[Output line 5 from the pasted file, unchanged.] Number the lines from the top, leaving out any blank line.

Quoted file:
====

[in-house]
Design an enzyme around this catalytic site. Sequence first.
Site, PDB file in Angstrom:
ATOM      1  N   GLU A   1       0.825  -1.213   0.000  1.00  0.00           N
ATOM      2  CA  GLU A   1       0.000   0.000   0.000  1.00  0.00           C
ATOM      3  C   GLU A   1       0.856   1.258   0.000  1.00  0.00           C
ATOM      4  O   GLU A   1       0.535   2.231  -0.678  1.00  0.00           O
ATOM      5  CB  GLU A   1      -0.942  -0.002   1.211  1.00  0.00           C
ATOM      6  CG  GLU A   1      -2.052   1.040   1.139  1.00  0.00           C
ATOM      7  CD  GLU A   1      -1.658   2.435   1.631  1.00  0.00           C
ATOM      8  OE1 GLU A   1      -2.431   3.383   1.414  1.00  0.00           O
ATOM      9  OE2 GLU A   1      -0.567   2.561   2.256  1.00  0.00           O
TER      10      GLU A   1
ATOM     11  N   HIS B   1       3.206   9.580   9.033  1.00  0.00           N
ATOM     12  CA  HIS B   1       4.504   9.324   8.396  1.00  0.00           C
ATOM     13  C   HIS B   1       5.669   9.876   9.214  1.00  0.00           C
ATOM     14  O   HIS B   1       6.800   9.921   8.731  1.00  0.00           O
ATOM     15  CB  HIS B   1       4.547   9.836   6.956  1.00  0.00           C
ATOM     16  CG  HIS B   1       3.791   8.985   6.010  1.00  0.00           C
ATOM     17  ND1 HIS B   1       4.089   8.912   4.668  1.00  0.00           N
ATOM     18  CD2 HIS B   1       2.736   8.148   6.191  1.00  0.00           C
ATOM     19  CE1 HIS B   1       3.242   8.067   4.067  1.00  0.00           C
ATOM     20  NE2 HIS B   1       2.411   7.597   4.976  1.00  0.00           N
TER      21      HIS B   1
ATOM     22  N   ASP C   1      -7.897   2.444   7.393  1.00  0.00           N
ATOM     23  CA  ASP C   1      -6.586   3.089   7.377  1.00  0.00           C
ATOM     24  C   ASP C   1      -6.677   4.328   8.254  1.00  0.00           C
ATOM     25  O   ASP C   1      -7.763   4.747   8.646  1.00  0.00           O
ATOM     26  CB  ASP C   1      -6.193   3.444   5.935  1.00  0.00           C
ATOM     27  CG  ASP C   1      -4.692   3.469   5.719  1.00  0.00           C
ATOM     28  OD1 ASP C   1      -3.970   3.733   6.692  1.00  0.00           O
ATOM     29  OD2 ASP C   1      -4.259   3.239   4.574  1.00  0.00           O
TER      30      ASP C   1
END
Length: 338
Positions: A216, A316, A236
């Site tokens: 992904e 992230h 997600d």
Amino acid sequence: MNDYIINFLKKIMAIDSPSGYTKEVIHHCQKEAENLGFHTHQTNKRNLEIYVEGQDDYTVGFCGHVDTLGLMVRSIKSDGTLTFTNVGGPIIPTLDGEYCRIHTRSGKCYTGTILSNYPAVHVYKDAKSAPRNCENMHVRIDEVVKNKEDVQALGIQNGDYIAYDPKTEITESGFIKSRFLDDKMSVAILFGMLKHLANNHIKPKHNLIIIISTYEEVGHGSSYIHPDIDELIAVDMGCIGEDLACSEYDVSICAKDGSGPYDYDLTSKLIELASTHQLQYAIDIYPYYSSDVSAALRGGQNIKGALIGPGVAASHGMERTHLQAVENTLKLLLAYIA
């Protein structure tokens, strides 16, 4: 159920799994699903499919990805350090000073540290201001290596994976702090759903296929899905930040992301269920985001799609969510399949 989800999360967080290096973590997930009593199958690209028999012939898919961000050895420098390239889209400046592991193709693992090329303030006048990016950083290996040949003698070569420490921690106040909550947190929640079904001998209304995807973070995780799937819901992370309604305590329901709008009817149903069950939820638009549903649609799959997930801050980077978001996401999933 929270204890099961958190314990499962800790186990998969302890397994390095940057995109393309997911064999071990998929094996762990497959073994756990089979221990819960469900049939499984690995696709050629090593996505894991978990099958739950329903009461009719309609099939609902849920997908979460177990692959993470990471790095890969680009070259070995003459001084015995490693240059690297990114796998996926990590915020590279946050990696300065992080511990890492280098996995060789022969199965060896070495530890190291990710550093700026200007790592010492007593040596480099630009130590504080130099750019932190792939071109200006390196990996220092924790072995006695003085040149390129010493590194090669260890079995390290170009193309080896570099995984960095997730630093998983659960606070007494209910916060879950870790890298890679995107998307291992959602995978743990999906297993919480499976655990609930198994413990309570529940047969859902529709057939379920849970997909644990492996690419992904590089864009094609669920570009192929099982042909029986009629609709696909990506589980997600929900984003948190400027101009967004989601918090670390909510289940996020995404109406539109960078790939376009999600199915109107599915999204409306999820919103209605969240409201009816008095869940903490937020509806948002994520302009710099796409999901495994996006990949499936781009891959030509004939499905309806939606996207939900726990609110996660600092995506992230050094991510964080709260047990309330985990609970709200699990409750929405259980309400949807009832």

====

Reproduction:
ATOM      2  CA  GLU A   1       0.000   0.000   0.000  1.00  0.00           C